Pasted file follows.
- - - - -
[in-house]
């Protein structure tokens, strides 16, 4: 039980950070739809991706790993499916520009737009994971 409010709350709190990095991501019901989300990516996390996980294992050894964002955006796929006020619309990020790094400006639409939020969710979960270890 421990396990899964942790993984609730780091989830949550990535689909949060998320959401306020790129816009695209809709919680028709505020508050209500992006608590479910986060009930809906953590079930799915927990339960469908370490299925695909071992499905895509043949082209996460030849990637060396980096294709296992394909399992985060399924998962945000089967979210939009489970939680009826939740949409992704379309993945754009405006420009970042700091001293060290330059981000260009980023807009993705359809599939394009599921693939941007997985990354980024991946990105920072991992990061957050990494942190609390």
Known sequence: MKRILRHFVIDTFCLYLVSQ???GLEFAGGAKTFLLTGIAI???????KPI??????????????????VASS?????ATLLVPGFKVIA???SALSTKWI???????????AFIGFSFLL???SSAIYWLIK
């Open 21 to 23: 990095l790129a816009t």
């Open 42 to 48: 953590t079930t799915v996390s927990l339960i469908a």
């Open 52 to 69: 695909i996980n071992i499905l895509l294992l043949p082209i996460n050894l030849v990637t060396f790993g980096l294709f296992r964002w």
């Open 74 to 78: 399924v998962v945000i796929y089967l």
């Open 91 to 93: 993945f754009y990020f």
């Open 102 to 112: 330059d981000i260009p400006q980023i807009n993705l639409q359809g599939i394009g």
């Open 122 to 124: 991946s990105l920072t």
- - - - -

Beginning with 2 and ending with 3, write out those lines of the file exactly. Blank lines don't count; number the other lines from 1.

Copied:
């Protein structure tokens, strides 16, 4: 039980950070739809991706790993499916520009737009994971 409010709350709190990095991501019901989300990516996390996980294992050894964002955006796929006020619309990020790094400006639409939020969710979960270890 421990396990899964942790993984609730780091989830949550990535689909949060998320959401306020790129816009695209809709919680028709505020508050209500992006608590479910986060009930809906953590079930799915927990339960469908370490299925695909071992499905895509043949082209996460030849990637060396980096294709296992394909399992985060399924998962945000089967979210939009489970939680009826939740949409992704379309993945754009405006420009970042700091001293060290330059981000260009980023807009993705359809599939394009599921693939941007997985990354980024991946990105920072991992990061957050990494942190609390």
Known sequence: MKRILRHFVIDTFCLYLVSQ???GLEFAGGAKTFLLTGIAI???????KPI??????????????????VASS?????ATLLVPGFKVIA???SALSTKWI???????????AFIGFSFLL???SSAIYWLIK